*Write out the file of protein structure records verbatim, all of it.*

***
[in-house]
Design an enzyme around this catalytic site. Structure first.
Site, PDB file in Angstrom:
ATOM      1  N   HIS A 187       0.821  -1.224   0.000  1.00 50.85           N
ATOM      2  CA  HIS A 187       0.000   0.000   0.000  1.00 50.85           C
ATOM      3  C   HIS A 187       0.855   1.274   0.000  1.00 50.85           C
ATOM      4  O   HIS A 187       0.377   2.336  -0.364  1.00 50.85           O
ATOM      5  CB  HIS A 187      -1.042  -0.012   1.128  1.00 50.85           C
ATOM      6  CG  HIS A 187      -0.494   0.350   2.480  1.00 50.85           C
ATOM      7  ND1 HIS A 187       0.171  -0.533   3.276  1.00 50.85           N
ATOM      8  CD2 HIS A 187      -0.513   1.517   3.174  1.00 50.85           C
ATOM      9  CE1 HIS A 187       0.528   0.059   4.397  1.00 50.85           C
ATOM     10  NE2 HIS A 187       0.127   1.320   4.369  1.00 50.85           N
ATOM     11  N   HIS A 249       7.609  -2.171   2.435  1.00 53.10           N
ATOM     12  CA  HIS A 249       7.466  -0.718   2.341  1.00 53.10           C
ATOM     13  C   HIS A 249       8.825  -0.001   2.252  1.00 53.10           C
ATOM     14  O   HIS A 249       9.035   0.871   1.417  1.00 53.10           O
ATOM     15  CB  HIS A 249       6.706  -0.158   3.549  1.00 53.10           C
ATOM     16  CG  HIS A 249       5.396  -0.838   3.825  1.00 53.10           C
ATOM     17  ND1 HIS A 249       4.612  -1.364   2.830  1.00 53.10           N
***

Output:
[in-house]
Design an enzyme around this catalytic site. Structure first.
Site, PDB file in Angstrom:
ATOM      1  N   HIS A 187       0.821  -1.224   0.000  1.00 50.85           N
ATOM      2  CA  HIS A 187       0.000   0.000   0.000  1.00 50.85           C
ATOM      3  C   HIS A 187       0.855   1.274   0.000  1.00 50.85           C
ATOM      4  O   HIS A 187       0.377   2.336  -0.364  1.00 50.85           O
ATOM      5  CB  HIS A 187      -1.042  -0.012   1.128  1.00 50.85           C
ATOM      6  CG  HIS A 187      -0.494   0.350   2.480  1.00 50.85           C
ATOM      7  ND1 HIS A 187       0.171  -0.533   3.276  1.00 50.85           N
ATOM      8  CD2 HIS A 187      -0.513   1.517   3.174  1.00 50.85           C
ATOM      9  CE1 HIS A 187       0.528   0.059   4.397  1.00 50.85           C
ATOM     10  NE2 HIS A 187       0.127   1.320   4.369  1.00 50.85           N
ATOM     11  N   HIS A 249       7.609  -2.171   2.435  1.00 53.10           N
ATOM     12  CA  HIS A 249       7.466  -0.718   2.341  1.00 53.10           C
ATOM     13  C   HIS A 249       8.825  -0.001   2.252  1.00 53.10           C
ATOM     14  O   HIS A 249       9.035   0.871   1.417  1.00 53.10           O
ATOM     15  CB  HIS A 249       6.706  -0.158   3.549  1.00 53.10           C
ATOM     16  CG  HIS A 249       5.396  -0.838   3.825  1.00 53.10           C
ATOM     17  ND1 HIS A 249       4.612  -1.364   2.830  1.00 53.10           N